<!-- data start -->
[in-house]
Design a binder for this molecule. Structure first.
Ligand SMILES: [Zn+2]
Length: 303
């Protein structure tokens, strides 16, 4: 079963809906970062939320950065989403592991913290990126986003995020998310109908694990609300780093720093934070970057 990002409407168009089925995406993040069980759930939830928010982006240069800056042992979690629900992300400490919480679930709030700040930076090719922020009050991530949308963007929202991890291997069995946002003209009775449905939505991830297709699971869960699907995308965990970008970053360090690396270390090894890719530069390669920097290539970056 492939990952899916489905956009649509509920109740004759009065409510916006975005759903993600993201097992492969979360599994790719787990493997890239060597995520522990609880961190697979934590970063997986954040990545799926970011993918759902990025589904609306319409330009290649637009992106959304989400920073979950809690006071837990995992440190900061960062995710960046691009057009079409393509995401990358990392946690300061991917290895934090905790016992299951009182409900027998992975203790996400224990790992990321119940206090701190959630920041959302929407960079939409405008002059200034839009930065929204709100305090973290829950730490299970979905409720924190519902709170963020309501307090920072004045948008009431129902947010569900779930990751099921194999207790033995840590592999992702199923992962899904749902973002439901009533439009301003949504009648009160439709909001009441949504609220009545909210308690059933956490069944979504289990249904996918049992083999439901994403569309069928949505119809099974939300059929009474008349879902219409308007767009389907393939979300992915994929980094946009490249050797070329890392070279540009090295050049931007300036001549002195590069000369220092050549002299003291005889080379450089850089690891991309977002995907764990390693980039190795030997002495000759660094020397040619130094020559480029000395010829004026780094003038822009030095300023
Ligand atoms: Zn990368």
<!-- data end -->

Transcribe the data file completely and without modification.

[in-house]
Design a binder for this molecule. Structure first.
Ligand SMILES: [Zn+2]
Length: 303
């Protein structure tokens, strides 16, 4: 079963809906970062939320950065989403592991913290990126986003995020998310109908694990609300780093720093934070970057 990002409407168009089925995406993040069980759930939830928010982006240069800056042992979690629900992300400490919480679930709030700040930076090719922020009050991530949308963007929202991890291997069995946002003209009775449905939505991830297709699971869960699907995308965990970008970053360090690396270390090894890719530069390669920097290539970056 492939990952899916489905956009649509509920109740004759009065409510916006975005759903993600993201097992492969979360599994790719787990493997890239060597995520522990609880961190697979934590970063997986954040990545799926970011993918759902990025589904609306319409330009290649637009992106959304989400920073979950809690006071837990995992440190900061960062995710960046691009057009079409393509995401990358990392946690300061991917290895934090905790016992299951009182409900027998992975203790996400224990790992990321119940206090701190959630920041959302929407960079939409405008002059200034839009930065929204709100305090973290829950730490299970979905409720924190519902709170963020309501307090920072004045948008009431129902947010569900779930990751099921194999207790033995840590592999992702199923992962899904749902973002439901009533439009301003949504009648009160439709909001009441949504609220009545909210308690059933956490069944979504289990249904996918049992083999439901994403569309069928949505119809099974939300059929009474008349879902219409308007767009389907393939979300992915994929980094946009490249050797070329890392070279540009090295050049931007300036001549002195590069000369220092050549002299003291005889080379450089850089690891991309977002995907764990390693980039190795030997002495000759660094020397040619130094020559480029000395010829004026780094003038822009030095300023
Ligand atoms: Zn990368």